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A chat with James Womack

June 9, 2010

RK2 is well-represented at the Lean Enterprise Institute’s first annual Lean Healthcare Transformation Summit, happening now in Orlando, Florida.  Although it’s a balmy 92 degrees here in Disneytown, we’ve been sequestered in chilly air conditioned conference rooms for days.

Although he wasn’t expected to attend, Jim Womack is here, filling in as master of ceremonies and providing his incomparable perspective.  Jim, of course, is the co-author of The Machine that Changed the World and is the leading American voice of lean management.

I was pretty thrilled to chat with Dr. Womack and took the chance to ask about the origin of the term “lean,” a topic I covered in a previous post.

As Womack explains it, the term was coined in 1987 during a white board session in Jim’s office at MIT with “seven or eight” folks including John Krafcik and John Paul MacDuffie.  MacDuffie was fairly attached to the term “fragile,” a word used by a colleague translating from Japanese.  Of course, John Krafcik used the term in his early papers, as well.  However, it was pretty clear the term “fragile” wasn’t going to catch on with business managers.

The group assembled around Dr. Womack’s white board thought about an earlier production system pioneered by Henry Ford (“channeling Hank” as Jim puts it).  Observers at the time called his system of mass production “Fordism.”  Henry Ford preferred “flow.”  Afterall, that was a key attribute of the system.  Materials flowed continuously on the assembly line.

Jim Womack

So what does one call the production system pioneered by Toyota?  Toyotaism?  Japanism?  Those are words you use when you don’t have a clear understanding or theoretical framework.  “Fordism” is what Henry Ford did, whatever that was.  Mass production, flow production.  Those are more descriptive, specific terms.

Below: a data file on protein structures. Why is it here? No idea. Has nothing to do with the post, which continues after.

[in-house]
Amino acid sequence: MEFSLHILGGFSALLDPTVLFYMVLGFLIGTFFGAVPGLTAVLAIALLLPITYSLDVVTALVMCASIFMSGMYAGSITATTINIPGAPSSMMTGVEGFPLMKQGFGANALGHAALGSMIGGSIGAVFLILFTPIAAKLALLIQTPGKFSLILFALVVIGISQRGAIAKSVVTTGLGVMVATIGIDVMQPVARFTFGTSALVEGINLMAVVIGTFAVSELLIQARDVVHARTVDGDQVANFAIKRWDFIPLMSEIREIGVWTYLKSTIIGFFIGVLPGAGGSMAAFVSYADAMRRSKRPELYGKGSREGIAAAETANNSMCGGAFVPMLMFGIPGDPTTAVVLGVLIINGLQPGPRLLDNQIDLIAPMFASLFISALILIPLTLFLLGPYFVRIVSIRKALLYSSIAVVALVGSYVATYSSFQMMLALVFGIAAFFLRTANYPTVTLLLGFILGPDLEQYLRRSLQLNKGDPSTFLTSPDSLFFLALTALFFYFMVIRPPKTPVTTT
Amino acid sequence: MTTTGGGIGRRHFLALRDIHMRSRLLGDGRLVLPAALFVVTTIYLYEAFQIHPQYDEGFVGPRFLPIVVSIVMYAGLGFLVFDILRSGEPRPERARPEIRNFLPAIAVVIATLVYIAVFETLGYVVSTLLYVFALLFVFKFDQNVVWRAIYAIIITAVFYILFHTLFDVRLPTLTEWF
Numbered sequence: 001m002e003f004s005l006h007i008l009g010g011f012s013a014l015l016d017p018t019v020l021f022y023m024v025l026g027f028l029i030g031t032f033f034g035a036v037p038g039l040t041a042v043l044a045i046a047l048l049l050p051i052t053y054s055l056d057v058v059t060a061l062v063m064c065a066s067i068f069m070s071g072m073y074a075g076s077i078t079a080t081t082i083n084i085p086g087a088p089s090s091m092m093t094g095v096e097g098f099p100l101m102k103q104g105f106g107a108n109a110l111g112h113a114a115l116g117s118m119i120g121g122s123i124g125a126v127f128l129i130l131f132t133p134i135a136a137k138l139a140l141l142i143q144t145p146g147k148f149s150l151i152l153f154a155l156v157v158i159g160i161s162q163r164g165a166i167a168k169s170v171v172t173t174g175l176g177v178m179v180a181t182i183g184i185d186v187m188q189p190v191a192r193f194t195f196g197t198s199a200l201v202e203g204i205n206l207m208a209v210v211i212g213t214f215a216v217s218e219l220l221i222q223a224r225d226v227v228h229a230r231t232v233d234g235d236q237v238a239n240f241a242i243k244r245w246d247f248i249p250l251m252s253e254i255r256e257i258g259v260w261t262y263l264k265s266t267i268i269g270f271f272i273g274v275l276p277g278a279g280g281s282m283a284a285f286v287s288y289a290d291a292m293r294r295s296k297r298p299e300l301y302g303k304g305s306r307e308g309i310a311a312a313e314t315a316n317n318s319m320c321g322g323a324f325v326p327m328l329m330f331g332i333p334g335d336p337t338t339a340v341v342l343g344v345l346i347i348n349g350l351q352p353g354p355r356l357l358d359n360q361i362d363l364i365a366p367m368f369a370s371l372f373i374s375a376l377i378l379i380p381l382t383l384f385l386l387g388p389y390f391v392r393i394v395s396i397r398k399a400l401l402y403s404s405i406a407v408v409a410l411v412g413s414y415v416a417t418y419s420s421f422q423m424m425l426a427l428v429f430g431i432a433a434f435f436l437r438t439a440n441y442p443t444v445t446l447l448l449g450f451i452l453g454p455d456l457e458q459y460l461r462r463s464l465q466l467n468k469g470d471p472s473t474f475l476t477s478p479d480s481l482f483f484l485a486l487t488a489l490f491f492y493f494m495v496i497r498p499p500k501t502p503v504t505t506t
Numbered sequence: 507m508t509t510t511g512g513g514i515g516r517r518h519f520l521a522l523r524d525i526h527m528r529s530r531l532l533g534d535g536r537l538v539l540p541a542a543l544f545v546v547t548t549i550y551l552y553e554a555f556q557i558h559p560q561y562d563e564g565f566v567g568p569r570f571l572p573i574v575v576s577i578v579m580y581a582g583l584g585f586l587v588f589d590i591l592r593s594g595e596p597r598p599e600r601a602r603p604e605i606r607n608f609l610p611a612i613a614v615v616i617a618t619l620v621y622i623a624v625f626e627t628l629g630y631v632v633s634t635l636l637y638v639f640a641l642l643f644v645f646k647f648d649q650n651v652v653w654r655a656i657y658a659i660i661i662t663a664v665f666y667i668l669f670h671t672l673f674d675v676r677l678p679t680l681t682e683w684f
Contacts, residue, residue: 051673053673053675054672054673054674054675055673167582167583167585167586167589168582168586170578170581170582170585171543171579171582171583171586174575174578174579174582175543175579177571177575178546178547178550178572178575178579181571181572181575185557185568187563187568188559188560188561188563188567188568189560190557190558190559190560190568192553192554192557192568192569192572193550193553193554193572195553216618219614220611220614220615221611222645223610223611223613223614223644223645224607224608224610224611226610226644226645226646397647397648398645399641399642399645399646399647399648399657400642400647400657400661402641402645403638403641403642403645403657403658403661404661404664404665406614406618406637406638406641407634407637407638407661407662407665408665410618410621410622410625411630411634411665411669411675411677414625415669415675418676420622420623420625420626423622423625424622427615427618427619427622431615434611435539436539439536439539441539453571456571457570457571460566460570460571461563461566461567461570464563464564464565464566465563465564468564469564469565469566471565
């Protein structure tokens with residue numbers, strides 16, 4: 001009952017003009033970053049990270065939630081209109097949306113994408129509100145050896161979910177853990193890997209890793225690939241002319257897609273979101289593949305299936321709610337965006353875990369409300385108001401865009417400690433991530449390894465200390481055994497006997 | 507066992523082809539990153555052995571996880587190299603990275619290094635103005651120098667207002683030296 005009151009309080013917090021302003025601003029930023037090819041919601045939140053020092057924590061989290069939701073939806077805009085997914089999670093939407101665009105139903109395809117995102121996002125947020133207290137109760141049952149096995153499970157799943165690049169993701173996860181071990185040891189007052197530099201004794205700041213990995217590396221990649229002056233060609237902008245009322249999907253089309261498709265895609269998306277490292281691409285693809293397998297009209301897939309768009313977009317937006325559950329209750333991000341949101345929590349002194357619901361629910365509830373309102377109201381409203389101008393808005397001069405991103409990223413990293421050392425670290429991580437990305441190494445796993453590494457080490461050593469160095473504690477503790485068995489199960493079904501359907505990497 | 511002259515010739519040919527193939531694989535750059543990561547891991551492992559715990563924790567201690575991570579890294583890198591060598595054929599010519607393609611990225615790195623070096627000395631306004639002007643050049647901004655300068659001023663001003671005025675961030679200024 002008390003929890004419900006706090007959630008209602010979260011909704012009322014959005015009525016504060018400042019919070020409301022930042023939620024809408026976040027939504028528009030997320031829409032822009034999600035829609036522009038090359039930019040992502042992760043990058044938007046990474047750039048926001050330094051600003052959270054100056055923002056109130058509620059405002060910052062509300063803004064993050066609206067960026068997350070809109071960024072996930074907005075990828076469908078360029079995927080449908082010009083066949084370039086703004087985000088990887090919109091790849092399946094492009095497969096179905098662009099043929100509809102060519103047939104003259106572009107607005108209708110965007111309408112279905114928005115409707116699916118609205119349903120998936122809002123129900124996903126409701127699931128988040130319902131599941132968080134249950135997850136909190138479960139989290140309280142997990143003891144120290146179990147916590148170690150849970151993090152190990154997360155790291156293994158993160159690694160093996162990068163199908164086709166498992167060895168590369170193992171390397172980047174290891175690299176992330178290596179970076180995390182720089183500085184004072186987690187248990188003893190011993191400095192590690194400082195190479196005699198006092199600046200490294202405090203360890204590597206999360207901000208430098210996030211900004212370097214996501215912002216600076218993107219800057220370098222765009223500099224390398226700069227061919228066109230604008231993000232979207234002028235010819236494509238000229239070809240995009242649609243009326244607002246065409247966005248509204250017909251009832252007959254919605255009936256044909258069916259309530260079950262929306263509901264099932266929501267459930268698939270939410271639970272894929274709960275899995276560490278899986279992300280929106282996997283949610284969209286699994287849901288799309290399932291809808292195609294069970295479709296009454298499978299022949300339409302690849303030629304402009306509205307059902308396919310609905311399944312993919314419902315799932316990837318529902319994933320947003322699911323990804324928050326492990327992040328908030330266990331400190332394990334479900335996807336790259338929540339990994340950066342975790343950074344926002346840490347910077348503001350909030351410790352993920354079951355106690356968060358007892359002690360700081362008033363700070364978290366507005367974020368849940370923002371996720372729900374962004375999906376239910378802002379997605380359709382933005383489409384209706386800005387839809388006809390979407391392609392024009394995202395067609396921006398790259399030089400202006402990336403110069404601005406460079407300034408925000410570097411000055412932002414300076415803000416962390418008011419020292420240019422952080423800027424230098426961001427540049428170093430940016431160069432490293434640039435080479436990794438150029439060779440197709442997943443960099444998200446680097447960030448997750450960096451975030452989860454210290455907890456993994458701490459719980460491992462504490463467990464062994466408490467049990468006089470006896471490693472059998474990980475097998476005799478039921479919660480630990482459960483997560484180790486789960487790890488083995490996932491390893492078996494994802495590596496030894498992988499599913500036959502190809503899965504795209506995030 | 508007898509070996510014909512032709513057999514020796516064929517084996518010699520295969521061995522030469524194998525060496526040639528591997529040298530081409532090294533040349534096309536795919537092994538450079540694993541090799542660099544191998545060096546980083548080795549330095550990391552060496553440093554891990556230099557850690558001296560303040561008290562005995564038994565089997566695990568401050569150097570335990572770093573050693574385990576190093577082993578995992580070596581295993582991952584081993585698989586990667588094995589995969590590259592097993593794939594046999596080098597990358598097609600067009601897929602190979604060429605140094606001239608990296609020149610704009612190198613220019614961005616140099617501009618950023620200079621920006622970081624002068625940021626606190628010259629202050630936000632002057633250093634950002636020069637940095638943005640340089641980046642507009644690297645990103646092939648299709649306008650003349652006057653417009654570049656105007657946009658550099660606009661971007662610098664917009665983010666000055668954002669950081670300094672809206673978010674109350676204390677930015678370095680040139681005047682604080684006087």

“What is the key attribute of the Toyota production system?” Jim asked the group.  Many of the ideas revolved around the concept of doing more with less.  Less inventory, less shop floor space, fewer workers per unit.  John Krafcik proposed the term “lean” and that’s what they went with.  But, Womack said, lean still doesn’t perfectly capture the essense of the production system practiced by Toyota and others.

Asked what name he would have used if he could re-name it today, Womack said he doesn’t re-live the past.

One Comment leave one →
  1. August 24, 2013 10:27 am

    I agree the word “Lean” doesn’t fully and sufficiently describe the Toyota approach.

    I wonder how things would have progressed if “Effective” had been the term instead of “Lean”?

    I had a chance to ask Jim about the word Lean in this podcast (about 20:50 in):

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